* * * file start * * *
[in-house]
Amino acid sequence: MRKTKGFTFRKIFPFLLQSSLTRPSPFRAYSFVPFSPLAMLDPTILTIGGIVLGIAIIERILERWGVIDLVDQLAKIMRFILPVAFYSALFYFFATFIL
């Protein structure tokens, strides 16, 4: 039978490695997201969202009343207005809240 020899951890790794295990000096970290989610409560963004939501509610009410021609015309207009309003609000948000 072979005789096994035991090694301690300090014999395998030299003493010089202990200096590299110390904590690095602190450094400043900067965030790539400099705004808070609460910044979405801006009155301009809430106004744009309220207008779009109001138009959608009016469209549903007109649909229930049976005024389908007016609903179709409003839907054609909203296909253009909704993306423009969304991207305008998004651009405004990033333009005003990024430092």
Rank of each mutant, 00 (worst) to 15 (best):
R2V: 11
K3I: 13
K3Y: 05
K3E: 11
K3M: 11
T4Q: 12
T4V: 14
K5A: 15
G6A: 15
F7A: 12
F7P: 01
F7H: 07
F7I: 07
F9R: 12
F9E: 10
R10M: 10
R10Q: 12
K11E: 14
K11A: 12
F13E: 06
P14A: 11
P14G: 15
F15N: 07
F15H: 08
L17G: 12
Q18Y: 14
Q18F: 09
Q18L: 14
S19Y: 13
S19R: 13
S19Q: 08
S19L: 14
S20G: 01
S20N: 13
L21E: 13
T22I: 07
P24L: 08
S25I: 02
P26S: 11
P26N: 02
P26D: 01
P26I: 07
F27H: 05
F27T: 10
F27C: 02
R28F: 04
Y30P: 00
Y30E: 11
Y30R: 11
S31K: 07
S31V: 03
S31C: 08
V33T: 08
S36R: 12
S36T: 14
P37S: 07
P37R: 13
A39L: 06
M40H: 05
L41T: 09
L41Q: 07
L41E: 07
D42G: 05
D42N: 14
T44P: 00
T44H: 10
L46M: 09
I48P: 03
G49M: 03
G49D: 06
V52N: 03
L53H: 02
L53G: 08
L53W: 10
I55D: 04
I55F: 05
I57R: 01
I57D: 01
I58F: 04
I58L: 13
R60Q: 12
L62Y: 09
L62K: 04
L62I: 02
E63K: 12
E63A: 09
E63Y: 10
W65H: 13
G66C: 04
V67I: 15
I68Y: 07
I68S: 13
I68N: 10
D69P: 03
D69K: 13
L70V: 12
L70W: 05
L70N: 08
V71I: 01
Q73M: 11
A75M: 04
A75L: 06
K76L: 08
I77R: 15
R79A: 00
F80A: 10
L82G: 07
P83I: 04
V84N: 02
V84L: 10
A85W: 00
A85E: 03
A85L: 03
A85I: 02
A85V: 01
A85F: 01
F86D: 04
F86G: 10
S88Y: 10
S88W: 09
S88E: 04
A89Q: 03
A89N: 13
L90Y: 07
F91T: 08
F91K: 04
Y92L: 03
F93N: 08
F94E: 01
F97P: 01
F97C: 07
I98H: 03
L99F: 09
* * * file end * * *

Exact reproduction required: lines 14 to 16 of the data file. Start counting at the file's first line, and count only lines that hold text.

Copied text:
F7A: 12
F7P: 01
F7H: 07